Productive procrastination, isolation, and you

Let’s talk about the best way to avoid getting work done. Pickpic

The best way to do nothing, and everything, at the same time

Isolation is kicking my ass. By that I mean I cannot, for whatever reason, actually get things done at home.

I study my best on campus or at coffee shops, I write my essays best in public, and I can focus best when I’m not surrounded by things I love (i.e., video games, my rabbit, and a never-ending flow of YouTube videos and Netflix shows). Because of that, I find myself trying to find ways to not get work done, but…I always feel guilty.

My struggle then became: how can I avoid work, but not feel guilty? And that, my friends, is why I’m here today. So, today I’m going to make the case for both the bane of my existence and the reason I’m currently sane: productive procrastination.

Allow me to elaborate: instead of working on the things that you need to do, why not do chores that you don’t need to do now, but that still need to be done eventually? You could be writing that paper that’s due in two days, or, riddle me this, you could dust the entirety of your living room.

Does it need to be done today? No. Does it need to be done eventually? Yes. Is that time now? Hell yes.

Productive procrastination is both the best and worst thing to happen to me during isolation. Anyone close to me in my life knows that since isolation has started, I have nailed my skin care routine. My skin has truly never looked better. It’s gonna be pissed the second all of this is over and I don’t have the same amount of time to wash my face whenever I’m bored.

My room has also never looked this clean. Ever. I’ve already sorted the books and clothing I plan to donate once all of this is over (note: if donations are accepted) and have hashed out a game plan for moving out which is supposed to happen at some point this year.

Does it suck whenever I open my computer and see a totally blank screen with no essay writing work on it? Yeah, but you know what doesn’t suck? Sitting in a freshly dusted and polished desk while staring at that empty screen. That shit is satisfying.

But here’s the best part: while productive procrastination is still procrastination, it puts a fire under your ass when something is actually due.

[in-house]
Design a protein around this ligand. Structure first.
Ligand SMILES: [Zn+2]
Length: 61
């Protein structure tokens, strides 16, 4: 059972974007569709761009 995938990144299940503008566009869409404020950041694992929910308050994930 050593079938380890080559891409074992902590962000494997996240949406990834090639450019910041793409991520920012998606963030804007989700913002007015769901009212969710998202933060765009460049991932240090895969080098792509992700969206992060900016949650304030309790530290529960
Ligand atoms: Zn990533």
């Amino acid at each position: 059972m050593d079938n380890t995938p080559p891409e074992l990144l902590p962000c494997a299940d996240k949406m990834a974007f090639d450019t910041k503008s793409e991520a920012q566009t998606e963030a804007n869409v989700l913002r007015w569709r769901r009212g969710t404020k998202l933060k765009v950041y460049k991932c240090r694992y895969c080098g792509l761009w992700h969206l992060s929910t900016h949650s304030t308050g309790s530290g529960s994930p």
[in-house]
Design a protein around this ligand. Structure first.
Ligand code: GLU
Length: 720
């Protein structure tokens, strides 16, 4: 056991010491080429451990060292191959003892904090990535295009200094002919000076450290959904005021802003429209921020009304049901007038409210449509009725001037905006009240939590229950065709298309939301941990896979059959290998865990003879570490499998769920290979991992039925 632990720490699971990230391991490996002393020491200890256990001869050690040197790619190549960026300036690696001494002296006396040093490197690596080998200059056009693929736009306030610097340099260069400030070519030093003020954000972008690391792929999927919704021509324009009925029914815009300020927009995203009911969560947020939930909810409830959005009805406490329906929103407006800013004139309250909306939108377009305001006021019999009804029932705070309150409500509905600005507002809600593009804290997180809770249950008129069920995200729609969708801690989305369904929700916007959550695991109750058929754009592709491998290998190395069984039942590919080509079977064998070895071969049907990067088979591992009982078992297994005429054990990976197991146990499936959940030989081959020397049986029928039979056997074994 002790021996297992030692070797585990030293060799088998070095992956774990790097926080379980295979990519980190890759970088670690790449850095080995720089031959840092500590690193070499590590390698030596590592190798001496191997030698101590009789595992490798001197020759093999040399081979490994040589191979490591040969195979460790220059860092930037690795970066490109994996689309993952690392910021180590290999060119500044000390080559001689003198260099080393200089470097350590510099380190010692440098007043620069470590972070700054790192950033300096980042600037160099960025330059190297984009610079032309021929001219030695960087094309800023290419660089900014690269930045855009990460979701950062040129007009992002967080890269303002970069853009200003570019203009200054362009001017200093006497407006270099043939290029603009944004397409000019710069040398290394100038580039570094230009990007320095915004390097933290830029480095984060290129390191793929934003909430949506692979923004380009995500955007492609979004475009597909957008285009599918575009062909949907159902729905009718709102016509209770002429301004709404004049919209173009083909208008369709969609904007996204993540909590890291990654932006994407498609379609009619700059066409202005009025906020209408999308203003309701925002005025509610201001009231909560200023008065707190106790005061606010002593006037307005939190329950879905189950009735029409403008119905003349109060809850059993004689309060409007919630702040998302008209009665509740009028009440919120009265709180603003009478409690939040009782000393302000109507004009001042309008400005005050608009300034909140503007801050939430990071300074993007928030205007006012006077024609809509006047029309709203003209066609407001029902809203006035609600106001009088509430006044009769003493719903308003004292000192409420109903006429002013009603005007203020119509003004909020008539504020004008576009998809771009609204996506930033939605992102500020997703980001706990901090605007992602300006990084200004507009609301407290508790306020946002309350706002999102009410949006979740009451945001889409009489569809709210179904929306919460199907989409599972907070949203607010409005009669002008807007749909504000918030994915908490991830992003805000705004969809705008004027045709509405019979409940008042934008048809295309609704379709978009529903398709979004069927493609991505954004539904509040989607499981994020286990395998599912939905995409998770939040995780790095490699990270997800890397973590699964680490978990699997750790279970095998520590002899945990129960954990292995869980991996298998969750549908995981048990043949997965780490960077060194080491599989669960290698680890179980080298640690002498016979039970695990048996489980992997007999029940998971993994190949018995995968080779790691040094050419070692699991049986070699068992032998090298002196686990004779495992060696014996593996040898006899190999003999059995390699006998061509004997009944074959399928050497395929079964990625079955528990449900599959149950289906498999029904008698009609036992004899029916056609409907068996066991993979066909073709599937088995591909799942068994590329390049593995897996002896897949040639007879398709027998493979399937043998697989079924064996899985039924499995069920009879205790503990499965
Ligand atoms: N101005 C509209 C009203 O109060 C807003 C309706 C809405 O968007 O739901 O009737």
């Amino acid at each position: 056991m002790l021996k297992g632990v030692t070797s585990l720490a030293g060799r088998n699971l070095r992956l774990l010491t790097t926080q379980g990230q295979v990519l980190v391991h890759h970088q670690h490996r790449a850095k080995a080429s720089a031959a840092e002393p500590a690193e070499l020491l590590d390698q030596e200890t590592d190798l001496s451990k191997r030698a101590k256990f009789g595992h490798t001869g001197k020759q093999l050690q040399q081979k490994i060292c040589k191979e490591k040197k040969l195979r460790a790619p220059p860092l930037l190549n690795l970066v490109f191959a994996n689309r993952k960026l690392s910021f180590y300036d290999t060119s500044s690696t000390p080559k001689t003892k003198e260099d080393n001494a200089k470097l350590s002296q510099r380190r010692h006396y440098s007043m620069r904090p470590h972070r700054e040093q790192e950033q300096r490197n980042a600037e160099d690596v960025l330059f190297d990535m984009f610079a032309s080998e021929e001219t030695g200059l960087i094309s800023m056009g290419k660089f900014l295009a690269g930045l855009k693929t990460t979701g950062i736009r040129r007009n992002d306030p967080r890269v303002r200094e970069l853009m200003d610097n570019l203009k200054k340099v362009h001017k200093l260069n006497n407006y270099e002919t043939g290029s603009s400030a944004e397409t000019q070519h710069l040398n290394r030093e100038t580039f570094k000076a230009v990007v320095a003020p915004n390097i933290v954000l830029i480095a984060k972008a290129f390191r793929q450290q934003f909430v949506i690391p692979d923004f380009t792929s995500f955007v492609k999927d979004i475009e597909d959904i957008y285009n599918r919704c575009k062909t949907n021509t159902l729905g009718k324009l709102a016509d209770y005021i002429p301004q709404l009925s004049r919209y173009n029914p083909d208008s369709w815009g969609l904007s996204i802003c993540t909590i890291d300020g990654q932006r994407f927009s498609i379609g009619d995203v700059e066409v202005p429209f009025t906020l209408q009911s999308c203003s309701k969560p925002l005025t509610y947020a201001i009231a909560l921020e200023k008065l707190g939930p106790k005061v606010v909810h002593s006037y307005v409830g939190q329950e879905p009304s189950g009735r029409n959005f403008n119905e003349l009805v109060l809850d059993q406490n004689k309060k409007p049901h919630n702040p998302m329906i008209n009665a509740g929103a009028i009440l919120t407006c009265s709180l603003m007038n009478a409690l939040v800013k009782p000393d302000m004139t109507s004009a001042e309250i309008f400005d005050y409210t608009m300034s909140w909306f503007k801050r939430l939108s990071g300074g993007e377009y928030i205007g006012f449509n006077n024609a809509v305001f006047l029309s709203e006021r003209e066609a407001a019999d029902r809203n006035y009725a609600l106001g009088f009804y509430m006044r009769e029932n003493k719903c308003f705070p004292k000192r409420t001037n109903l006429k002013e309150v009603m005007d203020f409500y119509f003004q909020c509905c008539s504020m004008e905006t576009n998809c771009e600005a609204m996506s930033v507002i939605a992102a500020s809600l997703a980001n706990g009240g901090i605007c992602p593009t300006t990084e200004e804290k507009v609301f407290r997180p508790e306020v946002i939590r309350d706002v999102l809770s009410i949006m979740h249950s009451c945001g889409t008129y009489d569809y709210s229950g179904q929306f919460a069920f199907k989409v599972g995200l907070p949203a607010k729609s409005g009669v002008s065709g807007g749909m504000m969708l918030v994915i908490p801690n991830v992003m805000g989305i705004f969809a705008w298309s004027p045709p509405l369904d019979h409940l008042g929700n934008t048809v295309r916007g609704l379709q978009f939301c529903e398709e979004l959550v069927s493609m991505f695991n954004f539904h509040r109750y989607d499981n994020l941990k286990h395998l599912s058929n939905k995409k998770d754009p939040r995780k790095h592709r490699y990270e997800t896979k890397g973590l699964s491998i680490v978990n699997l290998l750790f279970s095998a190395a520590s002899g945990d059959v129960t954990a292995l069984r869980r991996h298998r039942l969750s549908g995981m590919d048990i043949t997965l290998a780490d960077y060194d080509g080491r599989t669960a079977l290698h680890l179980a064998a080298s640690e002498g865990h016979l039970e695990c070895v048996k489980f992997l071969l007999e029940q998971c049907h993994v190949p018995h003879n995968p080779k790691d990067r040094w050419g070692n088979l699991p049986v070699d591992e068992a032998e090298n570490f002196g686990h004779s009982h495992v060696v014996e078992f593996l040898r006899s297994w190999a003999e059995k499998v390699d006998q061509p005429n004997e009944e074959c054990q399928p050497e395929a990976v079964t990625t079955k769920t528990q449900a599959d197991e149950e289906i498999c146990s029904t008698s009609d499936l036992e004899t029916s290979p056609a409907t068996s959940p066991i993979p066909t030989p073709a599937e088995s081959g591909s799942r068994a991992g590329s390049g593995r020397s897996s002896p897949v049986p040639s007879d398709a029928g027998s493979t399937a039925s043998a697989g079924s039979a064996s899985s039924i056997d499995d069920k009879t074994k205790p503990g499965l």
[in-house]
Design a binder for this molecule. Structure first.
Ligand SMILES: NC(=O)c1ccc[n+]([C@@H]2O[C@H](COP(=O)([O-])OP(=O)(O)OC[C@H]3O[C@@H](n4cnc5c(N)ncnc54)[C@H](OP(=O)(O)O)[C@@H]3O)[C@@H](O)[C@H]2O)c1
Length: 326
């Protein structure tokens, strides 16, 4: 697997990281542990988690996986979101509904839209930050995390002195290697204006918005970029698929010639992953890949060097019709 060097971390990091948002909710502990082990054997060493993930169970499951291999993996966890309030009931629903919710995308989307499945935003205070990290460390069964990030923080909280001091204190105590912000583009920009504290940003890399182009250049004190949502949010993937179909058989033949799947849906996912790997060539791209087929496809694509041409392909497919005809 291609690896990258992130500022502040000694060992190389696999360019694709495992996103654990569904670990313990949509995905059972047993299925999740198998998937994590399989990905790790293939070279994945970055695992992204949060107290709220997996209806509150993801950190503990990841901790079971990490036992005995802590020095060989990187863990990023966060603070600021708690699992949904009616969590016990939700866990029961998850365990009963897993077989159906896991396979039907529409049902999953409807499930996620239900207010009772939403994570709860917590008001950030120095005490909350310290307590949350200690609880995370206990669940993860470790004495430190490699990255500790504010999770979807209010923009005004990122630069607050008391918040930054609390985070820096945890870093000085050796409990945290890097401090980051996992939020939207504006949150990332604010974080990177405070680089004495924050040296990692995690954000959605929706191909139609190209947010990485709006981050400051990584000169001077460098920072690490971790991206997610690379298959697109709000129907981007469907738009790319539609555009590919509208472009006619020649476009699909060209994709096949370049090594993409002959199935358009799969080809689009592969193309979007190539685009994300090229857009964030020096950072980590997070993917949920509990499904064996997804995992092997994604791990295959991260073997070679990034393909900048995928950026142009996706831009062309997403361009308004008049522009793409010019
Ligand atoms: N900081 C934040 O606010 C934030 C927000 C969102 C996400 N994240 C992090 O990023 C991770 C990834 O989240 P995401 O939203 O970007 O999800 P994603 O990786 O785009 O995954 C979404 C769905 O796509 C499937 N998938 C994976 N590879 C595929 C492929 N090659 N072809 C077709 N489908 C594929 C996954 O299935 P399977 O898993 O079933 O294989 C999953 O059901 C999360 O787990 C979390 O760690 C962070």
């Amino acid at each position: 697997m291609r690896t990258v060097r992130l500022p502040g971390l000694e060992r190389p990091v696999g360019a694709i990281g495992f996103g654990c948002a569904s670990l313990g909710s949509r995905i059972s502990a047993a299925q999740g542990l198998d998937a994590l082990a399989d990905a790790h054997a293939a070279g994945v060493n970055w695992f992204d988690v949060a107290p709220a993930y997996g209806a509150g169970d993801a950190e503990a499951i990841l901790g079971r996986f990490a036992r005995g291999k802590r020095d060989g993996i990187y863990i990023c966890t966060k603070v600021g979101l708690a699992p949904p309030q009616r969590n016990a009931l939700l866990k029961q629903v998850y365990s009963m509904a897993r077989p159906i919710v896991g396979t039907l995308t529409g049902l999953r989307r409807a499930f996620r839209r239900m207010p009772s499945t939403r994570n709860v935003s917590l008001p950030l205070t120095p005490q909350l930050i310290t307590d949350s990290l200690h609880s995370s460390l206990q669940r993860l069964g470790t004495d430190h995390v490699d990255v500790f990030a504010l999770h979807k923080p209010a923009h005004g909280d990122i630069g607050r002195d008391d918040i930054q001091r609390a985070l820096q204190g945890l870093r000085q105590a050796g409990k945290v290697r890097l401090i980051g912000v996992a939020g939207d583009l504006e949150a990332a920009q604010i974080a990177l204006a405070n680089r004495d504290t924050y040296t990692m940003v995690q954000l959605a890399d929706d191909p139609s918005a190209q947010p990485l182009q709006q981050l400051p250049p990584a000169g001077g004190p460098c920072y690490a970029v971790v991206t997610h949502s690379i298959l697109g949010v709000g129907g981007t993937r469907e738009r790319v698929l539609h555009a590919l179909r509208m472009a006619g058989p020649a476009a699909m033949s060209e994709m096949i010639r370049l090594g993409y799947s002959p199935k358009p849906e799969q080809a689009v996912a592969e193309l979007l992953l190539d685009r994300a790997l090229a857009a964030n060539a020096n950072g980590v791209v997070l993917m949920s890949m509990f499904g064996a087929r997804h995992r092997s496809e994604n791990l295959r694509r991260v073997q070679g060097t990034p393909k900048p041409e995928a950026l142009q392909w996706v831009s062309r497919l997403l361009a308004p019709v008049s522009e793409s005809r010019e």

Picture this: you’ve been scrubbing the kitchen floor with a toothbrush for three days out of sheer boredom. The house is dusted. You’ve taken out all the garbage five times already, and everything smells like sanitizer. The hospital isn’t even this clean. You are thriving. You are a disinfected, untouchable being. You are the peak of humanity.

But that seven-page English paper is due in exactly 12 hours.

Everything is clean. Everything is sanitized. Everything is done, except that paper. Now, it’s crunch time. Now, that’s the thing you can pour all of your energy into because you have no other choice.

And then you crank out that paper because the pressure is finally settling in, and that is the absolute bane of the lack of inspiration’s existence. Diamonds are made under pressure. Unfortunately for us, essays aren’t worth as much as diamonds. If they were, we wouldn’t all be so poor right now.

The point I’m trying to make here is that if you want to not do your work, at least make it worth your while. At least do other things that matter less, but still matter, instead of doing everything that’s more pressing.

Here’s the truth of the matter: none of us are content with the current situation. Even if you’re a fellow introvert and love staying at home, being forced to never leave the house isn’t fun. Part of the joy of staying home is choosing to do so. So, because of that, we all need to do the best with what we’re given. Right now, that means cracking jokes about doing both nothing and everything at the same time.

So, while we’re all stuck in the house and unhappy, lets at least make our time grumbling worthwhile by doing all the household chores we convince ourselves that “we’ll do eventually” and never do. Eventually is now, fellow procrastinators. Let’s get to it.

So, if you’ll excuse me, now that I’m done writing this, I’m going to avoid writing a paper analyzing poetry, so I can clean my rabbit’s cage for the second time in the past 24 hours. She, too, is going to be really pissed once all of this is all over, and she’ll no longer be getting this luxurious of treatment.

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